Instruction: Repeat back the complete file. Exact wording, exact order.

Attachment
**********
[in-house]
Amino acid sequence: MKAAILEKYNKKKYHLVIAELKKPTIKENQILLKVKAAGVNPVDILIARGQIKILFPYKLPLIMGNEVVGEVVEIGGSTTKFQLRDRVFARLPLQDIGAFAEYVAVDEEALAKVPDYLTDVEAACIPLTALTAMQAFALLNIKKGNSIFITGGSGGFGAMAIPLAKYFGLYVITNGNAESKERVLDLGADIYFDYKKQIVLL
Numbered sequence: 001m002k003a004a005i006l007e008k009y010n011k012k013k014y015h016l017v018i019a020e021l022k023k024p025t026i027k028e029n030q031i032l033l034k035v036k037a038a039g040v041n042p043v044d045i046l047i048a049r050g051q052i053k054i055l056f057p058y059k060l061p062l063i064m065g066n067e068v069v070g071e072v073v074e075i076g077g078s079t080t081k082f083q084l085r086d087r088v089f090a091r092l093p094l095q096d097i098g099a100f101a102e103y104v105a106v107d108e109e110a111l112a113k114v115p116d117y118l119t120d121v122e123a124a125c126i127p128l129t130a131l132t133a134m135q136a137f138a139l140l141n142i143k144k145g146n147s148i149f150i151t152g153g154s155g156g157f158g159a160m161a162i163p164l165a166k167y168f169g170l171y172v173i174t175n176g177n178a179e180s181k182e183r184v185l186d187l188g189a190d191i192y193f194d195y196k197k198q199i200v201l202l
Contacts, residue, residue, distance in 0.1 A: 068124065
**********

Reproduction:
[in-house]
Amino acid sequence: MKAAILEKYNKKKYHLVIAELKKPTIKENQILLKVKAAGVNPVDILIARGQIKILFPYKLPLIMGNEVVGEVVEIGGSTTKFQLRDRVFARLPLQDIGAFAEYVAVDEEALAKVPDYLTDVEAACIPLTALTAMQAFALLNIKKGNSIFITGGSGGFGAMAIPLAKYFGLYVITNGNAESKERVLDLGADIYFDYKKQIVLL
Numbered sequence: 001m002k003a004a005i006l007e008k009y010n011k012k013k014y015h016l017v018i019a020e021l022k023k024p025t026i027k028e029n030q031i032l033l034k035v036k037a038a039g040v041n042p043v044d045i046l047i048a049r050g051q052i053k054i055l056f057p058y059k060l061p062l063i064m065g066n067e068v069v070g071e072v073v074e075i076g077g078s079t080t081k082f083q084l085r086d087r088v089f090a091r092l093p094l095q096d097i098g099a100f101a102e103y104v105a106v107d108e109e110a111l112a113k114v115p116d117y118l119t120d121v122e123a124a125c126i127p128l129t130a131l132t133a134m135q136a137f138a139l140l141n142i143k144k145g146n147s148i149f150i151t152g153g154s155g156g157f158g159a160m161a162i163p164l165a166k167y168f169g170l171y172v173i174t175n176g177n178a179e180s181k182e183r184v185l186d187l188g189a190d191i192y193f194d195y196k197k198q199i200v201l202l
Contacts, residue, residue, distance in 0.1 A: 068124065